• One of the fears considered by employers is that if the bad guys just assume every driver is armed, they’ll just shoot first. They’re hoping that by making everyone a soft target, the bad guys won’t feel threatened by them. Today’s domestic terrorists don’t care either way.

  7. Well there’s a pandemic( he he)of carjackings/violent crime here in Cook county. 2 years ago the local po-leece charged through my yard chasing a jacker. They got him. And Uber/Lyft &cabbies & various other folks are constantly targeted. You’d have to be a bit slow NOT to be armed. Sure was “safer”when I lived in the big city in the 1980’s…

  8. Because gunms, people defending themselves.

    Sad its come to using wasp spray though.
    I dont think getting sprayed in the face would do much good unless you had a match in front of it.

    • possum….. Just think what kind of money you could make by selling an inexpensive, reliable and compact igniter that would mount to any wasp spray can !!!

  9. While it’s insane that anyone driving for Uber or Lyft *isnt* armed (especially since those companies don’t exactly send out employees to periodically search drivers’ cars), these types of polices are largely a result of the moronic way legal liability is setup in this country, no different from a store playing it safe and “banning” guns from the premises. If Uber “allows” drovers to possess weapons, they themselves are liable for millions if an armed driver does anything wrong. But if a driver is harmed specifically because company policy prevented them from defending themselves, then they are not liable. It’s massively fvcked up the way liability laws are written, but as the saying goes don’t hate the player, hate the game

    • The drivers are not employees. They are suckers, err, “independent contractors”.

  10. Hey moronic “journailist”

    ““I’m very fearful every time I go out,” said Solis, who makes $800 to $1,000 a week before expenses and taxes”

    So’is did NOT “MAKE” $800-1000. Idiot. Solis GROSSED $800-1000. NET (=make/profit) likel was $2-400 (=jackshit). Typical prog nonsense. WHY do idiots fart around with these prog scams of Lyft/Duber. GET THE HELL OUT OF YOUR CESSPOOL CITY. Morons

  11. I got carjacked by my Lyft passengers in November 2019. Fortunately, the extent of my damages was about $2k in damage to my vehicle. The “driver” was already on probation for two other robberies and was skipping the drug tests required by his probation. His “punishment”: More probation. Only other guy to be sentenced so far also got probation.

    I carry bear spray. If I carried a pistol, my customers would find out when I’d have to notify the cops during a stop. If a customer informed Uber/Lyft, I’d be done.

    I’m sure some of my fellow drivers do carry. With the way things are going, I don’t blame them. I have not driven since last March when COVID shut things down. With my previous car jacking experience and the uptick in car jackings in my area, I’m in no rush to drive again.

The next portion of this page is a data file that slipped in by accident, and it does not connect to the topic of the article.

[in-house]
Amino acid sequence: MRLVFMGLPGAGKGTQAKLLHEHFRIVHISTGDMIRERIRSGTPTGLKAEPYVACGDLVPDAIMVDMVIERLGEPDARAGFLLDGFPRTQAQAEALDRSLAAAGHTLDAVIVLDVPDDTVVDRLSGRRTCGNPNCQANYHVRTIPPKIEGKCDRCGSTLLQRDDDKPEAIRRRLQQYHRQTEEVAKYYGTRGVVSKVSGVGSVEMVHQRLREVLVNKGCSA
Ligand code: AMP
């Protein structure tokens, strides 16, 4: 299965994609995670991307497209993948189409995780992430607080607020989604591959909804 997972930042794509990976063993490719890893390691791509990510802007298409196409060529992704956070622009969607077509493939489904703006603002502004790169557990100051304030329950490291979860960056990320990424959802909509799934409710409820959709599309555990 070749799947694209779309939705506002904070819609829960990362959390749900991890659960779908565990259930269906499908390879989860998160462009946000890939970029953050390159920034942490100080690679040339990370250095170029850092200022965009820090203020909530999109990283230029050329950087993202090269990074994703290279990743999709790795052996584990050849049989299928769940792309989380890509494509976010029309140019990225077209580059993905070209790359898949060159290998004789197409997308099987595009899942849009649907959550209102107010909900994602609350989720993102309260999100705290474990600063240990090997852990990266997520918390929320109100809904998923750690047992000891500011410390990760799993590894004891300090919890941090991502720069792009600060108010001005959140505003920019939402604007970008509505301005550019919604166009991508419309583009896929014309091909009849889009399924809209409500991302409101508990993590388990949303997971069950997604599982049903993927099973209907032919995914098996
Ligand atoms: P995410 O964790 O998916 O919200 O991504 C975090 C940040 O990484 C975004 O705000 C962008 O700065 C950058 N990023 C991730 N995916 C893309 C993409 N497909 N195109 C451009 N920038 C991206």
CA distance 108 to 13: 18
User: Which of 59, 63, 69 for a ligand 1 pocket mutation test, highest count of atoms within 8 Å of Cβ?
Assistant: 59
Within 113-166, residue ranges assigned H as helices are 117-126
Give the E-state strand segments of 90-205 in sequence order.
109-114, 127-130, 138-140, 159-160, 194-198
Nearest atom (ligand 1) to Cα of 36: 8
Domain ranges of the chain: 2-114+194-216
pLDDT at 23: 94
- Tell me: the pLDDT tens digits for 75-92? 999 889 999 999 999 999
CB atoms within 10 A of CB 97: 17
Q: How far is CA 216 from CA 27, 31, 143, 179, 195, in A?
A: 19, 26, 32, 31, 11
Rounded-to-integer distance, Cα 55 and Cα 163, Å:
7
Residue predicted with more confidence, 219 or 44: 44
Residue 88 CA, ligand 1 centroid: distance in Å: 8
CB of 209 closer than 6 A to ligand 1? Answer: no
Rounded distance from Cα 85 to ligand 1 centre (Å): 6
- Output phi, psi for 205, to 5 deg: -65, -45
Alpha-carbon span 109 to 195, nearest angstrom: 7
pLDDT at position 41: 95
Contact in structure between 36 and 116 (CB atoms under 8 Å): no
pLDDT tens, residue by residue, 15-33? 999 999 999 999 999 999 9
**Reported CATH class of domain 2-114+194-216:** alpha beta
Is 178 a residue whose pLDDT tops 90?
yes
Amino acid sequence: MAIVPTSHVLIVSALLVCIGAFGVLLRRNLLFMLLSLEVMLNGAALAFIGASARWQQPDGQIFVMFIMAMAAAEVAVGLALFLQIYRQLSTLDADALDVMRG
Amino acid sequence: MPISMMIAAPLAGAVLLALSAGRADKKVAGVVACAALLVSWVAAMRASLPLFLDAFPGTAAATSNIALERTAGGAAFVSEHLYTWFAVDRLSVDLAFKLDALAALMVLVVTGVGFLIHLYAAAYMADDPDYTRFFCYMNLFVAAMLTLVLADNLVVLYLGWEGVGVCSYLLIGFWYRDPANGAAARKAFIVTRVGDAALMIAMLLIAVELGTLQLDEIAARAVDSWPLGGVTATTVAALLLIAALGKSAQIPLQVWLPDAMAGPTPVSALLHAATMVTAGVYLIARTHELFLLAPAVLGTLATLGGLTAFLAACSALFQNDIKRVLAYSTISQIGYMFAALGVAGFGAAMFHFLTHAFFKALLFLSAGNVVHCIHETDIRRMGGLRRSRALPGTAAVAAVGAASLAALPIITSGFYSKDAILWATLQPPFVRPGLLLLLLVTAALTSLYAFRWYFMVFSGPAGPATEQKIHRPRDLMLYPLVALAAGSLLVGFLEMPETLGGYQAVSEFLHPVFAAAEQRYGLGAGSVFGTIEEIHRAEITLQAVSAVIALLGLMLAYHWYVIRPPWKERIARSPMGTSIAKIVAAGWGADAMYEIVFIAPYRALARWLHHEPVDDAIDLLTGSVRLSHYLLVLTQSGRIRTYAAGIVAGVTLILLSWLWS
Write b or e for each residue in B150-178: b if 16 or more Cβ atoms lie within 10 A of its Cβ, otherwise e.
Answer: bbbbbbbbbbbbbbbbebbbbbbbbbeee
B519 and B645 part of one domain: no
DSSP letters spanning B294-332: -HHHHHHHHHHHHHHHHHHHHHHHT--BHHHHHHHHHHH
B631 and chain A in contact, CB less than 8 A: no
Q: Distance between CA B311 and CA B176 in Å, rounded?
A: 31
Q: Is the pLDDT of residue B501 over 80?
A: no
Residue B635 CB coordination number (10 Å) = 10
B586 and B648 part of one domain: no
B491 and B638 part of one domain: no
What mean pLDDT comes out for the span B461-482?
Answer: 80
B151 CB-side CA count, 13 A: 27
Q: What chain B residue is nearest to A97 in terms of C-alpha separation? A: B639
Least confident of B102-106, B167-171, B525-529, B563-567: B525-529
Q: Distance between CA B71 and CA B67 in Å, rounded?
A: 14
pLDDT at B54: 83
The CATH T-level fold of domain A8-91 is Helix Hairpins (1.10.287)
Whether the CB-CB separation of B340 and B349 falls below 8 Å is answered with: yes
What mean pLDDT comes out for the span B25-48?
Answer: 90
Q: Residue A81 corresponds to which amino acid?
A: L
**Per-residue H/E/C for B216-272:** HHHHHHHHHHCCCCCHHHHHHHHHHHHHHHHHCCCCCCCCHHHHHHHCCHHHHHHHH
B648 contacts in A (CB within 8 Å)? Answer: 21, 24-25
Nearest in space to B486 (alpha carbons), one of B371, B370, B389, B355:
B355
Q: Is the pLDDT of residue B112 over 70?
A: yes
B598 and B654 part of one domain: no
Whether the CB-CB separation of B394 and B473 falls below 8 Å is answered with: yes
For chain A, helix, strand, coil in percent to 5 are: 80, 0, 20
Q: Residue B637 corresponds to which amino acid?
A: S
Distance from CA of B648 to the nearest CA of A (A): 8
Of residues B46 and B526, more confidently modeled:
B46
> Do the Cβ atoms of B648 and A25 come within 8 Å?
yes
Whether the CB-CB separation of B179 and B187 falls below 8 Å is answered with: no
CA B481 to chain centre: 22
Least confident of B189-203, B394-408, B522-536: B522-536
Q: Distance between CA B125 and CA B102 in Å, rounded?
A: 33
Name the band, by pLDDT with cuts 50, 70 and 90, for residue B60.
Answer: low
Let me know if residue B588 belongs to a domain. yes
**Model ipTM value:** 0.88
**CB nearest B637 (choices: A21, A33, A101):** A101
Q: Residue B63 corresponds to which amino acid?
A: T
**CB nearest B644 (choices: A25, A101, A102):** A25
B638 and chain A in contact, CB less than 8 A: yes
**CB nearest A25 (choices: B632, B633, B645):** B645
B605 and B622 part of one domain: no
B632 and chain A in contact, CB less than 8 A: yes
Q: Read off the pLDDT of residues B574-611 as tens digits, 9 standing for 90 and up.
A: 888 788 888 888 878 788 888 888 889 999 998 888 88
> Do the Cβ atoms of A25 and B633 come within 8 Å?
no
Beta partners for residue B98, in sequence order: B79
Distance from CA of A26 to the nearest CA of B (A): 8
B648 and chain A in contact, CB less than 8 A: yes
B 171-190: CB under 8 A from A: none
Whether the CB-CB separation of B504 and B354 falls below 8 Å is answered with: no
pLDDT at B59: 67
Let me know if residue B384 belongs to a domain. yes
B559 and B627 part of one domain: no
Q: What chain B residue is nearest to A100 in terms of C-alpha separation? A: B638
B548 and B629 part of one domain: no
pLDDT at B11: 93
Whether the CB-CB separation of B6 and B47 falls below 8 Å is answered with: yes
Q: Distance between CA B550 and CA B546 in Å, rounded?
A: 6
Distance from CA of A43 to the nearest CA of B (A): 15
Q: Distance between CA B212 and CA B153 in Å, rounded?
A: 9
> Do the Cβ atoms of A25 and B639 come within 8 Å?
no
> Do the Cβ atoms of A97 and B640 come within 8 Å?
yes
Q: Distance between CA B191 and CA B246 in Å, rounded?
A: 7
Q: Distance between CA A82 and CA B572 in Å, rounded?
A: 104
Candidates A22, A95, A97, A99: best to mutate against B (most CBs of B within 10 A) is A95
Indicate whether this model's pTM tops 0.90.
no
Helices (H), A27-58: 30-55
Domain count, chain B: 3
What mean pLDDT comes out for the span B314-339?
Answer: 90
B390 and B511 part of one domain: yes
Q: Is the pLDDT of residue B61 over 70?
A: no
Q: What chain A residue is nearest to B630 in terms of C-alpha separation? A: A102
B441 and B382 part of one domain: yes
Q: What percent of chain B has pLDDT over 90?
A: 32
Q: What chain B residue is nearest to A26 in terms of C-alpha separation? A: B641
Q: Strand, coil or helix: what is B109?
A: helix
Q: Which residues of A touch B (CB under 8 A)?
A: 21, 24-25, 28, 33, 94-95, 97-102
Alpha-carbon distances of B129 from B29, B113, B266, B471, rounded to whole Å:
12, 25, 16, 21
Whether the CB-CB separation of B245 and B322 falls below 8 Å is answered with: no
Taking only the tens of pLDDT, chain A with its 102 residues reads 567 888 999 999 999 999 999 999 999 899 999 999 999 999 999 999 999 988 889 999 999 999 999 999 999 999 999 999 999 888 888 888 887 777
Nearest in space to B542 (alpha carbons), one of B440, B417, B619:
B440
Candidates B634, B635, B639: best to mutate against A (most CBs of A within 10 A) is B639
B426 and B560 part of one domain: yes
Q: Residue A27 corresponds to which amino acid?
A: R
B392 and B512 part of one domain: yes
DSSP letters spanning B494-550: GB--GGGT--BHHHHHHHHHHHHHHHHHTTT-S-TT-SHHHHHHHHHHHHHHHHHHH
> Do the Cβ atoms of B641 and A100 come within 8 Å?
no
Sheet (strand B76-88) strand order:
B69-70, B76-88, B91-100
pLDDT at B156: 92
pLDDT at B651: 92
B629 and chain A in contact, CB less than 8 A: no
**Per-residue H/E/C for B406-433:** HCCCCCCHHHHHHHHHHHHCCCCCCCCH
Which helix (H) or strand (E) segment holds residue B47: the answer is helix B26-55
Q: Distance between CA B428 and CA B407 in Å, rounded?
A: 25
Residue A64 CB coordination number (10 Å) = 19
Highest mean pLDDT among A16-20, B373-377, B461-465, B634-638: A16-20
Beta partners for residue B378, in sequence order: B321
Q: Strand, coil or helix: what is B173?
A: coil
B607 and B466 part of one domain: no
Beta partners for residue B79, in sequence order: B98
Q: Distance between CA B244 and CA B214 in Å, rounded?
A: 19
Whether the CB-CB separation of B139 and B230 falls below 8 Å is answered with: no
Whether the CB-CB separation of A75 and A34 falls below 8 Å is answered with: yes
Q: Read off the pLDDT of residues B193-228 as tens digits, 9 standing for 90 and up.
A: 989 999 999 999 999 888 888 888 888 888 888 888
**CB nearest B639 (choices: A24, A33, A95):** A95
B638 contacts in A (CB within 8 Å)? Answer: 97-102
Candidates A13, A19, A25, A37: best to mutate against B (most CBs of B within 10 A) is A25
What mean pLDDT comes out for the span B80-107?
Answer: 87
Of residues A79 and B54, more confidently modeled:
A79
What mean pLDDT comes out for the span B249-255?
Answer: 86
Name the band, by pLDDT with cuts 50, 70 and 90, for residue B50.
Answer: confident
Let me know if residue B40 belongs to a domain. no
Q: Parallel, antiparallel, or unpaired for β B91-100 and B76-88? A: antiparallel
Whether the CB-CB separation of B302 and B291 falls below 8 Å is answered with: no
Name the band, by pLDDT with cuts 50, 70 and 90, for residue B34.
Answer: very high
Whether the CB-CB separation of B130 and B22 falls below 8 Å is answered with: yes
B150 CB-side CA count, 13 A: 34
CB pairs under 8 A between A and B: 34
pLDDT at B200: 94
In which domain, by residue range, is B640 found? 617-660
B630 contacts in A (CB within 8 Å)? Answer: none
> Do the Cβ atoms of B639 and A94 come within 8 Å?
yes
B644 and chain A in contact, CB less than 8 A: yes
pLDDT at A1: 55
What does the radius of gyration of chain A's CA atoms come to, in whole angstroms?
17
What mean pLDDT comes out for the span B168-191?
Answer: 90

12. Texas needs a LAW protecting the rights of gig workers to carry. They are NOT employees and not on company property. Ban companies restricting carry for contract drivers.

    • Yeah, I was wondering about that. It’s my car, and my time, it’s none of the company’s business what I carry, since I WOULD carry. If you need to shoot someone, drive away, perhaps nobody notices, and otherwise there are other jobs.

  13. I love those bland corporate-speak assurances the companies gave that literally won’t do anything to keep anyone safe. A button that connects you to 911 doesn’t do you any good when there’s an (illegal) gun in your face and the defunded cops are 10 minutes away.

    • Plus, your phone ALREADY has a button that connects to 911 — it’s the damn CALL button. You know, the reason we call that handheld device a phone. The ability to call the police was never in question.

  14. Just a question from an uneducated reader from across the pond:
    If I understand correctly Uber policy is to forbid their drivers to carry during service.
    Do they have an insurance cover to compensate the driver who becomes a victim of a crime during service?

    • The short answer is no. Uber does not offer insurance that covers crime.
      Drivers can opt to buy commercial insurance from Uber, but it only covers accidents.
      Besides, even if they did offer to compensate you for crime, that’s of little help when you’ve been shot, paralyzed or maimed for life, raped or killed.
      And if you become disabled because the customer decided to stab you or beat you about the head, (instead of shoot you), disability insurance is small comfort when you can no longer walk or feed yourself

        • Montana’s famous cowboy philosopher, Elmer Keith, always emphasized that bigger is better.

          My personal favorite is the 11.43 mm…cause the extra 2.43 mm is like having three additional .9mm’s working for you…!

  15. The problem with these woke corporate big shots, aside from being totally spineless, is that they are protected by armed security at their headquarters buildings so they can’t relate to their employees’ concern about their safety on the street. All the big media, social media, politicians and bureaucrats that make policy are all protected at their headquarters by armed security. It’s easy to make a ‘gun-free’ policy for your underlings from an office protected by armed guards.